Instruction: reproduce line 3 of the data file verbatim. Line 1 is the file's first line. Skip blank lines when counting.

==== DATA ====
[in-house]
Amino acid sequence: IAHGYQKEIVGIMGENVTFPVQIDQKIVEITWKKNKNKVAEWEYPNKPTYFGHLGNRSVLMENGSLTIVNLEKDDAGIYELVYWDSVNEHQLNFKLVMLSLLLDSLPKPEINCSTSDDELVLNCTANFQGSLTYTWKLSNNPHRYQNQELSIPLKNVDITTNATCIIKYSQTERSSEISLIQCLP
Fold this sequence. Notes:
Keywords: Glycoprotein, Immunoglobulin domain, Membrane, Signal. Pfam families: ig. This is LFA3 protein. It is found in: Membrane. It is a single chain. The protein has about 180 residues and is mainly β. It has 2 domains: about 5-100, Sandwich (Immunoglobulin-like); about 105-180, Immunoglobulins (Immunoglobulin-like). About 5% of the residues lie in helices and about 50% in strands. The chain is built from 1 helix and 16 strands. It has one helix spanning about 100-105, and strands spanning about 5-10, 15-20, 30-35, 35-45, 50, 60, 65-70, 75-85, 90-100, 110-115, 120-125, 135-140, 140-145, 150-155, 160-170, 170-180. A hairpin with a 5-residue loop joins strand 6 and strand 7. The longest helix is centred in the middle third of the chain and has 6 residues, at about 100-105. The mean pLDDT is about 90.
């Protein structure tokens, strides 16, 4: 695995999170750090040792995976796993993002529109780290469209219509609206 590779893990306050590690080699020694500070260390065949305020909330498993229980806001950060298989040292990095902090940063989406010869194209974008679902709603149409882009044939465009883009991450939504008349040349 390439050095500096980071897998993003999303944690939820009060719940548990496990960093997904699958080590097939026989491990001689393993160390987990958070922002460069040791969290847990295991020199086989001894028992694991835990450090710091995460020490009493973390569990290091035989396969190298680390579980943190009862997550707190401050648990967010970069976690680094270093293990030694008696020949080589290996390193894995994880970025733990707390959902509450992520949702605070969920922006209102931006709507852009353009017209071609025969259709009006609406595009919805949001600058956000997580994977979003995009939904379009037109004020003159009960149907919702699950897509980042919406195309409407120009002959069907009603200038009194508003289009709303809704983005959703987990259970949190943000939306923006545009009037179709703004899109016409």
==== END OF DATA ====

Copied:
Fold this sequence. Notes: